Why I volunteer

British Schools Museum, Hitchin, Hertfordshire
Julia Winder
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My working life began as a secondary school teacher, but I ended up filling a variety of roles in the university sector. As I approached retirement, I began volunteering at the British Schools Museum in Hitchin, a place I had previously visited.

The museum consists of a series of buildings that reflect the changes in education from 1811 until 1969, when the original school there closed. It includes the only known example of a complete Lancasterian classroom built to the design of Joseph Lancaster, the 19th-century pioneer who encouraged schooling the working poor.
 
The museum is open to the public three days a week and provides educational sessions for schools, which often include a Victorian lesson in the galleried classroom.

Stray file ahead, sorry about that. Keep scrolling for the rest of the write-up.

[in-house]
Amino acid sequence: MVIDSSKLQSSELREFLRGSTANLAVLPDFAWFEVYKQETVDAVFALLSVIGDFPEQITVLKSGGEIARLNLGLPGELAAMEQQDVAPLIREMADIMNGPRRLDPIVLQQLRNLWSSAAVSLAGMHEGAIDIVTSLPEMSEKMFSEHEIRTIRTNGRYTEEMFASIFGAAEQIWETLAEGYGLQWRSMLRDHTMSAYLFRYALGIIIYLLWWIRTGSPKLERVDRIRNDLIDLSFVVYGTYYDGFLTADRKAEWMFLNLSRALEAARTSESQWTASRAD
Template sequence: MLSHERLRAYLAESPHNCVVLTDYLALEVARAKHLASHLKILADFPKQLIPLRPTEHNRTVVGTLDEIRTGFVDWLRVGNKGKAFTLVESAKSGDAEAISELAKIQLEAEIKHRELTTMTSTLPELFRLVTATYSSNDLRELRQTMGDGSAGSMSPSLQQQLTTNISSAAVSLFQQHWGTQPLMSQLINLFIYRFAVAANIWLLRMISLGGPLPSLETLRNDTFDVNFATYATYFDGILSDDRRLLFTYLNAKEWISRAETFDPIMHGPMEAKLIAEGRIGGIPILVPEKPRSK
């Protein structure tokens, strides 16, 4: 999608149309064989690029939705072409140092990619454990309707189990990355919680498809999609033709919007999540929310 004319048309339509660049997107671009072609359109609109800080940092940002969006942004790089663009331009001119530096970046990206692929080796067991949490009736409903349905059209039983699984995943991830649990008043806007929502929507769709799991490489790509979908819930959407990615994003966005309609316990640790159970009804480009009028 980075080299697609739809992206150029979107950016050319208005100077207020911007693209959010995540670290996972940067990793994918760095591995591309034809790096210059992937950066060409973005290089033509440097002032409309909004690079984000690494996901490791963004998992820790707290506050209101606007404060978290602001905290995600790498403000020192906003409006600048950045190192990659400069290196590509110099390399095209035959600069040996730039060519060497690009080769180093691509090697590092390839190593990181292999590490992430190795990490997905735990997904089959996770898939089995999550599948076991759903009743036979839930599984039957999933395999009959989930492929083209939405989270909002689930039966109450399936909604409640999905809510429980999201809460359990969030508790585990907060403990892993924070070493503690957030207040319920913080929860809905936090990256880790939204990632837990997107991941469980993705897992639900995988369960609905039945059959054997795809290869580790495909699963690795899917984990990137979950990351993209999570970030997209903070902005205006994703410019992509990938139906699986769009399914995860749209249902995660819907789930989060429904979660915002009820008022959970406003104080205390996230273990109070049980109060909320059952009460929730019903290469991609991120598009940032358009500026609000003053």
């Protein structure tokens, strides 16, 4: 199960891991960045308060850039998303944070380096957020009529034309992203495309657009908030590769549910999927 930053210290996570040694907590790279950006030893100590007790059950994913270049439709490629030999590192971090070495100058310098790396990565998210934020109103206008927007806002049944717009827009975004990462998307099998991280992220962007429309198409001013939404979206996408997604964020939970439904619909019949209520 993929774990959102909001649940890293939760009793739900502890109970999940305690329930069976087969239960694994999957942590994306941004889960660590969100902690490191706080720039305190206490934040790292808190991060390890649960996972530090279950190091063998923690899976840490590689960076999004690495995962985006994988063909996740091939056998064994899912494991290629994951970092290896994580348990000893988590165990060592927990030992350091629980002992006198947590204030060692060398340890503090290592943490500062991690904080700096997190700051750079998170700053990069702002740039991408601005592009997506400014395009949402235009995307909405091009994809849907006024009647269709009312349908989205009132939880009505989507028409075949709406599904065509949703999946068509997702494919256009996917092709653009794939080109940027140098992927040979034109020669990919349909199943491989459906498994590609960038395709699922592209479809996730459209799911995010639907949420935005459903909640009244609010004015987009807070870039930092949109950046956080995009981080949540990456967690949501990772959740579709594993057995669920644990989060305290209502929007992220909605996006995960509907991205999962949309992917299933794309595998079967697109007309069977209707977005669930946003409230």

I have taken part in all the activities, from tour guiding, running the cafe, looking after group visits, to running the shop. I have attended training courses in fundraising, after which I helped identify and organise funding applications. I’ve also been responsible for pest control – I checked the insect traps for several years.
 
Events such as our summer fair and quiz nights are a regular part of my volunteering and I recently set up a walking tour of Hitchin with local historian and volunteer Terry Knight.

All interviews by John Holt

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